Christmas Celebrations In Germany Tradition

Christmas Celebrations In Germany Tradition

Christmas, which marks the birth of Jesus Christ, is celebrated with lots of fun, excitement and gaiety the world over. But in Germany, celebrations for Christmas, which is known as Weihnachten there, are more somber as compared to other countries around the world like the US and the UK.

Though streets, offices and houses are decorated with Christmas trees and lights, the celebrations are low key as people are in soulful and somber mood. The celebrations are nothing out of the extraordinary.

In Germany, Christmas tree made it first appearance in 1605 in Strasburg. Initially, roses made of paper, apples, wafers and wax candles were used to decorate the tree. Nowadays, Christmas ornaments made of glass or china, nuts, candies, and Christmas lights adorn the tree.

Advent, St Nicholas Day, Christmas Eve and Christmas Day form an integral part of the Christmas celebration in the country.

Advent

Advent, which begins on the Sunday after November 26, marks the start of the Christmas festival season. As the days progress, the excitement level of the people increases with most of them indulging themselves by shopping gifts for themselves and their loved ones.

Most of the Germans decorate their house with Advent Wreath, which is made of pine branches. Four candles are put on the wreath. Families get together on the first Sunday of Advent and light first candle and sing carols. The act is repeated is on the second, third and fourth Sunday of the Advent but the only difference is that two candles are lit on the second, three on the third and all four on the fourth Sunday, immediately prior to Christmas.

In earlier days, Christmas trees were not unveiled before Christmas Eve so all the family members used to get around wreath, light candles and sing carols.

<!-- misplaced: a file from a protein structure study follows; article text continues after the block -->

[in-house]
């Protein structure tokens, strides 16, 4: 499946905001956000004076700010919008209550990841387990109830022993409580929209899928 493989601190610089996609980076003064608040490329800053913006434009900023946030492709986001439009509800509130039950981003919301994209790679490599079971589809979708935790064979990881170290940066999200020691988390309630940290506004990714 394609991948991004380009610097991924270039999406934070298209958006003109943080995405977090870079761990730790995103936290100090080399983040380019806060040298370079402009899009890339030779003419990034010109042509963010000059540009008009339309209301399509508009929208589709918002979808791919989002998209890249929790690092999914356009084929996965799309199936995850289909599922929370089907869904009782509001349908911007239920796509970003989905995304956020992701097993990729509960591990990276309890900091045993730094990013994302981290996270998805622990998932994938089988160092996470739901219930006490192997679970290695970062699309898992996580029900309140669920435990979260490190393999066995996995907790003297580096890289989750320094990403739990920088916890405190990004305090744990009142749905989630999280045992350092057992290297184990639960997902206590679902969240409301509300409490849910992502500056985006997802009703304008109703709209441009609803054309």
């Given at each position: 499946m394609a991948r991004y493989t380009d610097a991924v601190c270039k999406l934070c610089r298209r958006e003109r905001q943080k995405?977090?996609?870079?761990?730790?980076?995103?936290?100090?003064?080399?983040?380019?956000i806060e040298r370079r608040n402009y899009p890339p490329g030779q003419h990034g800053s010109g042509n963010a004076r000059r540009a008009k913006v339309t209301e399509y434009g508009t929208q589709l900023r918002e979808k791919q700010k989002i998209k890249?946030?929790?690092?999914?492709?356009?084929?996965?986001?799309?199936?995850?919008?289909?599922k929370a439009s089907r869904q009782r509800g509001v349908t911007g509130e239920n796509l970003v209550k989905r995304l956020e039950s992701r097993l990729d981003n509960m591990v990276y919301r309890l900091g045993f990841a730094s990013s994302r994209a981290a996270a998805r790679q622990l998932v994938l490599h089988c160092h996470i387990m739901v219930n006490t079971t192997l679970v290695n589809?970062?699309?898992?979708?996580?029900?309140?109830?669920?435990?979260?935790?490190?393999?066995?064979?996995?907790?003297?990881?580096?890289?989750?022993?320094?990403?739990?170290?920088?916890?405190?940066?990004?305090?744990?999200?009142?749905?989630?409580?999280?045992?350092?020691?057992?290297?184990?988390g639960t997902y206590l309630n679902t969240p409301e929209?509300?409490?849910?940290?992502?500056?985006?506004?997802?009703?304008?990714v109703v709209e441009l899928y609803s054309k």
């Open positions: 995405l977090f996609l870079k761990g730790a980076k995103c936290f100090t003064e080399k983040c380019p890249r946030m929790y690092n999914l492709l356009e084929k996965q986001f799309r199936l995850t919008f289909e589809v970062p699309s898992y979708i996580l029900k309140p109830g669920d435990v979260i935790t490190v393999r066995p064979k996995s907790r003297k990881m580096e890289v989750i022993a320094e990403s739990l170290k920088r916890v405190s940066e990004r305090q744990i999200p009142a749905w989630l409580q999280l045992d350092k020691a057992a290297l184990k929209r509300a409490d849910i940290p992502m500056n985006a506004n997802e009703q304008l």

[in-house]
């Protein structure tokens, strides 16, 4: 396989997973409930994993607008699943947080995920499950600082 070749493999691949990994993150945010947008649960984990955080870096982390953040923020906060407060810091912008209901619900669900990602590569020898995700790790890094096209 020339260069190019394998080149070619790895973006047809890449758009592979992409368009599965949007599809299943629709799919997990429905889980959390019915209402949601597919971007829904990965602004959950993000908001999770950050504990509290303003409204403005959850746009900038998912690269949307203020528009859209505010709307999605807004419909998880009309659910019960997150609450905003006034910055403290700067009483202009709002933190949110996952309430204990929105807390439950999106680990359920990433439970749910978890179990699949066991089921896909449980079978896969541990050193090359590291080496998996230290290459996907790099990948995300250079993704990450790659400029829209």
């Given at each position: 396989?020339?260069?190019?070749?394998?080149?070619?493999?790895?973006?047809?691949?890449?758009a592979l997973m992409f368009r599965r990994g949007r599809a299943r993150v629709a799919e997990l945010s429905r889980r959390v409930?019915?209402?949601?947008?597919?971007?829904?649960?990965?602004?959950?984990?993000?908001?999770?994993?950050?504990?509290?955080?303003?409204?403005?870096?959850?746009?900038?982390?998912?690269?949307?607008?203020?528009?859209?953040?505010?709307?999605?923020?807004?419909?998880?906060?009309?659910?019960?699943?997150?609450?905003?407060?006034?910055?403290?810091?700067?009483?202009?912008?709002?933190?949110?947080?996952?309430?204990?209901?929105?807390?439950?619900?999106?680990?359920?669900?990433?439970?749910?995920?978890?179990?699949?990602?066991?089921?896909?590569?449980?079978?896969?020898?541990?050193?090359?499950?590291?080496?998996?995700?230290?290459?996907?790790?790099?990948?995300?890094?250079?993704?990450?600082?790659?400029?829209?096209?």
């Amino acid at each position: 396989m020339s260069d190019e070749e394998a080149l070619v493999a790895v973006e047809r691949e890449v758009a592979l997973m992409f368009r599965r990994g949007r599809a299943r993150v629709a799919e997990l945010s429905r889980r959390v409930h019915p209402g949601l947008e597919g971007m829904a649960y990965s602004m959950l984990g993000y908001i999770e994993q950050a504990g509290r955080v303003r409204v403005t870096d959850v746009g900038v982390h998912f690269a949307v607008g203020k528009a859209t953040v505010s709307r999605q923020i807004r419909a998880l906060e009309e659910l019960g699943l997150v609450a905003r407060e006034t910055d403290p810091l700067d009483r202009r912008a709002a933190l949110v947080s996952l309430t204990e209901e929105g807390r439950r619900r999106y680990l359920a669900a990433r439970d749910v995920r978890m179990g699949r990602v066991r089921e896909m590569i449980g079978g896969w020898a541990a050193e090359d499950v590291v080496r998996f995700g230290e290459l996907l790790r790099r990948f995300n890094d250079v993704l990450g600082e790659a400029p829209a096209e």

St. Nicholas Day

Children across Germany look forward to St. Nicholas Day, which is observed on December 6, in great anticipation as it is on this day they get goodies from their parents and loved ones. On December 5 night, they keep a shoe or stocking in their room or a window and find it full of sweets, chocolates, cookies, nut and fruit the next morning.

Christmas Eve

Shops are open till afternoon on Christmas Eve, or the Holy Night as it is known in Germany. Final touches are given to the Christmas tree by decorating it with apples and cookies. Presents for the children are kept around the tree. Children are then called to see the Christmas tree and receive their presents by ringing a bell. After Christmas carols are sung, sumptuous dinner is served for the family members and close relatives. The family members later attend a midnight mass.

Christmas Day

Christmas day, which is a public holiday throughout the world, is often used to meet relatives and exchange gifts. Goose is the favorite delicacy served in the main menu on this day.

Christmas Markets

Christmas in Germany is incomplete unless you visit a Christmas Market or Christkindlmarkt, as it is known in Germany. The market offers a great opportunity to families to spend time together and have fun. A great variety of baked goods, sweets, toys and Christmas decorations are up for sale in these markets. These markets start functioning before the first Sunday of Advent and end on the forenoon of December 24.

Nuremberg's Christkindlesmarkt is one of the oldest markets in Germany. All the stalls in the market are tastefully decorated with lights and fir branches.

Christ Child

Another legend associated with Christmas in Germany is Christ Child or Christkind, who is elected after every two years by the people of Nuremberg and is entrusted with the task of inaugurating the Christmas market by reciting a prologue. Girls, who are in the age group of 16 to 19 years, are not smaller than 1m 60cm and who are not afraid of heights are eligible to become Christ Child.

Newspapers in Nuremberg carry the details about all the applicants and readers vote for their favorites. However, the final decision rests with the jury which comprises of the previous Christ Child, media representatives and heads of tourist and market offices.

Though Christmas in Germany may be a low-key affair devoid of any extravagance, there is no doubt that it is fascinating and interesting.